Preclinical proof-of-concept of Antidote Therapeutics’ nicotine-degrading enzyme program as a potential new treatment for nicotine addiction published in BMC Biotechnology
– Preclinical studies demonstrated that NicA2 reduces nicotine levels in blood and brain, and extinguishes nicotine self-administration in rats
– Results support further investigation of optimized variants of NicA2 to treat addiction to nicotine and reduce its adverse health effects
GAITHERSBURG, Md., July 30, 2018 (GLOBE NEWSWIRE) -- Antidote Therapeutics today announced the e-publication of the preclinical proof-of-concept study of the nicotine-degrading enzyme NicA2 in well-established animal models of nicotine addiction conducted in collaboration with the Minneapolis Medical Research Foundation in BMC Biotechnology, an open access, peer-reviewed journal. The results validate the approach of using a nicotine-degrading enzyme to treat nicotine addiction and prevent relapse.
The study found that pretreatment of rats with NicA2:
- markedly reduced the early distribution of nicotine to the brain when nicotine was administered as a single rapid IV bolus dose (10s) equivalent to 2 cigarettes.
- reduced nicotine distribution to the brain by more than 80% when nicotine was administered as repeated IV doses at a mg/kg rate comparable to heavy cigarette smoking (equivalent to 10 cigarettes worth of nicotine over 40 minutes)
- attenuated nicotine discrimination and nicotine reinforcement in animal behavioral models, in a dose-dependent manner, that are predictive of the efficacy of smoking cessation medications.
NicA2 rapidly reduced blood and brain nicotine concentrations when administered to rats at single or multiple nicotine doses relevant to that seen in cigarette smokers. NicA2 also led to the extinction of nicotine self-administration in a dose-dependent manner when administered to addicted rats. These data establish NicA2 as a promising new target for further optimization and development as a novel therapeutic strategy to treat addiction to nicotine and reduce its adverse health effects.
Antidote CEO Matthew Kalnik said, “These results validate this first-in-class approach for blocking nicotine’s effects using a nicotine-degrading enzyme. It is remarkable that NicA2 can degrade blood and brain nicotine levels to undetectable levels within 1 minute in vivo. The results also indicate that this rapid and near complete degradation of nicotine translates into nicotine-addicted rats stopping their nicotine-seeking behavior – the rats press the lever that delivers injections of nicotine at comparable rates to saline injections.”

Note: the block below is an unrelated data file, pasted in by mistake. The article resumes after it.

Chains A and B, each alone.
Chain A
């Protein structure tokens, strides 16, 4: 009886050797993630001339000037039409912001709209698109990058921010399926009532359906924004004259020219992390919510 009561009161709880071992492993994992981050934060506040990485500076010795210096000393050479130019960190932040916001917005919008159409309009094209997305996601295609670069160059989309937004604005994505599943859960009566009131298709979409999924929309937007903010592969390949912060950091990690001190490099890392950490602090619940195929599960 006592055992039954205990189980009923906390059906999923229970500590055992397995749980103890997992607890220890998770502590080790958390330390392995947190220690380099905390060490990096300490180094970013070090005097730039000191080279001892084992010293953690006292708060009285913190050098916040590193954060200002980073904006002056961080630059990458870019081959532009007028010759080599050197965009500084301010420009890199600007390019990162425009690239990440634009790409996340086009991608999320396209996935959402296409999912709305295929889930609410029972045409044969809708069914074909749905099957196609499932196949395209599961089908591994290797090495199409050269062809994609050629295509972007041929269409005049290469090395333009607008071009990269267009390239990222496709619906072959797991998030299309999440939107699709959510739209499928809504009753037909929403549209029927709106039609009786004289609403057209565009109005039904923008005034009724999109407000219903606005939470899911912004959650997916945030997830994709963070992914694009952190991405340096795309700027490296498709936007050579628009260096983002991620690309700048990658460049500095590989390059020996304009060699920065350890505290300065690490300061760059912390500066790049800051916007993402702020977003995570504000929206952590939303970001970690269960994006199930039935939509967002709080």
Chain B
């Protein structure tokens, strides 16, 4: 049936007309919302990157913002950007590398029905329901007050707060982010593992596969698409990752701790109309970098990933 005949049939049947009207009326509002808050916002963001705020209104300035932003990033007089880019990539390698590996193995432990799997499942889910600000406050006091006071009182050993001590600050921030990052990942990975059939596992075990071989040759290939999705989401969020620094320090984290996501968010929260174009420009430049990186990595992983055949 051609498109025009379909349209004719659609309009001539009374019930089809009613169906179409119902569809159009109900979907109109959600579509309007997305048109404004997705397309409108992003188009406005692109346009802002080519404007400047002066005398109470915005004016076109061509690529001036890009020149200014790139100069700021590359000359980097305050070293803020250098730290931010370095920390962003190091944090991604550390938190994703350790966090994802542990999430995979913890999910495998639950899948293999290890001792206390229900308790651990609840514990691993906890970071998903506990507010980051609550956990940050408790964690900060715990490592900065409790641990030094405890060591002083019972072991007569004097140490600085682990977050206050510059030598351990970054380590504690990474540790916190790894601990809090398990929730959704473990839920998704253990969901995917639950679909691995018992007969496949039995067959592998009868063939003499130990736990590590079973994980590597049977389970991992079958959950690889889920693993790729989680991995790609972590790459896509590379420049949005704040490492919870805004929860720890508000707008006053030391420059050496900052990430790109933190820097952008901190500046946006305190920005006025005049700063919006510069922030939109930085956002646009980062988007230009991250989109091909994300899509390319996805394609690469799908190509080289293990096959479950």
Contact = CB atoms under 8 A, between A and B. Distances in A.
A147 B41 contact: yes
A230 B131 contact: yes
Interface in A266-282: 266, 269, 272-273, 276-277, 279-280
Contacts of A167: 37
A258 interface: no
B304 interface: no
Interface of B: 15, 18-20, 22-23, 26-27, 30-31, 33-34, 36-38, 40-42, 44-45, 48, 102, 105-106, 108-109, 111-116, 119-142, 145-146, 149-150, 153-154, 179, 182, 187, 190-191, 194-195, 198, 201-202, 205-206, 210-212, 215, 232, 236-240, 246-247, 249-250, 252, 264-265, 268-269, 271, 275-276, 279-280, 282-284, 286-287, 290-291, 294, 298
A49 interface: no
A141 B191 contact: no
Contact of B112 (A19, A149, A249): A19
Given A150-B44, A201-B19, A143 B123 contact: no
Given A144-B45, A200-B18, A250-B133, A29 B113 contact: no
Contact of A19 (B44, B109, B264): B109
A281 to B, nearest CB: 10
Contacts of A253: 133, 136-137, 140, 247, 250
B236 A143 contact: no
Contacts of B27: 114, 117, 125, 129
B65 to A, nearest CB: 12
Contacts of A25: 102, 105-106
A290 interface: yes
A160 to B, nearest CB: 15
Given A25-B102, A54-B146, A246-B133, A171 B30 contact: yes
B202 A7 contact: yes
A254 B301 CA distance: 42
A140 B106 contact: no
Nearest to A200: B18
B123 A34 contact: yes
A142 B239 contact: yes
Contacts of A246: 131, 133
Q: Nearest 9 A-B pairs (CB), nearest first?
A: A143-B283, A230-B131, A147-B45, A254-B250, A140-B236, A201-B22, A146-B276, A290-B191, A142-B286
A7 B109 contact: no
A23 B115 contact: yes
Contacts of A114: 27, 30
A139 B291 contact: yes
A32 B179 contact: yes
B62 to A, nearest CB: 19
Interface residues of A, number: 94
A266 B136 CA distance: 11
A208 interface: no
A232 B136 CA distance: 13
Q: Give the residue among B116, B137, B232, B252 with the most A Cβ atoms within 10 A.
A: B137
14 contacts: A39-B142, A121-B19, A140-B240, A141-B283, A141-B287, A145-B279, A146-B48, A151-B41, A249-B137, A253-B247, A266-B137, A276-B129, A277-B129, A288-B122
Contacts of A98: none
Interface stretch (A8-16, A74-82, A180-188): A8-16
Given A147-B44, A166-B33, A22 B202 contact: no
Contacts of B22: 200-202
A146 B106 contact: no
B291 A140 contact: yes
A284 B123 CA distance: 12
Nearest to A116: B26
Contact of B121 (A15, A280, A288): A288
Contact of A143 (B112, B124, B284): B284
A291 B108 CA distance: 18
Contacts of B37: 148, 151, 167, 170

Importantly, the near complete-blocking of nicotine’s pharmacological actions is central to Antidote’s clinical development strategy which is focused on smokers with an immediate medically-diagnosed need to quit smoking to slow progression of their disease. Over 5 million smokers in the U.S. with smoking–attributable diseases, such as cardiovascular or respiratory disease, or lung and other cancers continue to smoke. The central thesis is that by blocking nicotine’s effects, acute disease outcomes will improve whether or not the patients fully abstain from smoking. Chronically, by removing the nicotine reinforcement centrally, more patients will either reduce their smoking consumption or stop altogether.
Cigarette smoking is responsible for >480,000 deaths per year in the United States. The CDC estimates direct healthcare costs due to smoking and smoking-related illness is >$133 billion/yr. Only 1:5 smokers achieve long-term abstinence using standard of care pharmacotherapies, leaving the majority still smoking and seeking alternatives. Thus, there remains a large unmet medical need for new approaches to combat nicotine addiction and its adverse health effects.
BMO Biotechnology. July 24, 2018. “The nicotine-degrading enzyme NicA2 reduces nicotine levels in blood, nicotine distribution to brain, and nicotine discrimination and reinforcement in rats”
About Antidote Therapeutics
Antidote Therapeutics, Inc. is a biotechnology company with a portfolio of first-in-class nicotine-blocking drugs to treat diseases caused or worsened by nicotine.
Antidote’s development strategy of treating existing disease to improve medical outcomes – rather than preventing future smoking-related illnesses that may occur decades later – is significantly different from how other drugs that target nicotine’s actions have been developed as aids to smoking cessation.
Unlike FDA-approved smoking cessation treatments, Antidote’s candidates do not contain nicotine or interact with nicotine-receptors in the brain or body. Instead, our anti-nicotine therapeutics are designed to trap or eliminate nicotine in the blood, having the dual benefit of neutralizing nicotine’s direct, harmful effects and preventing nicotine from reaching the brain, thereby reducing the addictiveness of nicotine from cigarettes, e-cigarettes, and smokeless tobacco.
The first indications for Antidote’s anti-nicotine drugs are the treatment of orphan vascular diseases in smokers where nicotine plays an important role in causing disease progression, such as Buerger’s Disease and Critical Limb Ischemia.
In the future, we plan to expand the uses of our products to other smoking-related illnesses where blocking nicotine’s effects will have near-term medical benefit as well as a general aid to smoking cessation.
The company was incorporated in 2013 and is based in Gaithersburg, Maryland.
A portion of this work was supported by the National Institutes of Health, National Institute on Drug Abuse (NIDA) grant R43DA044064.
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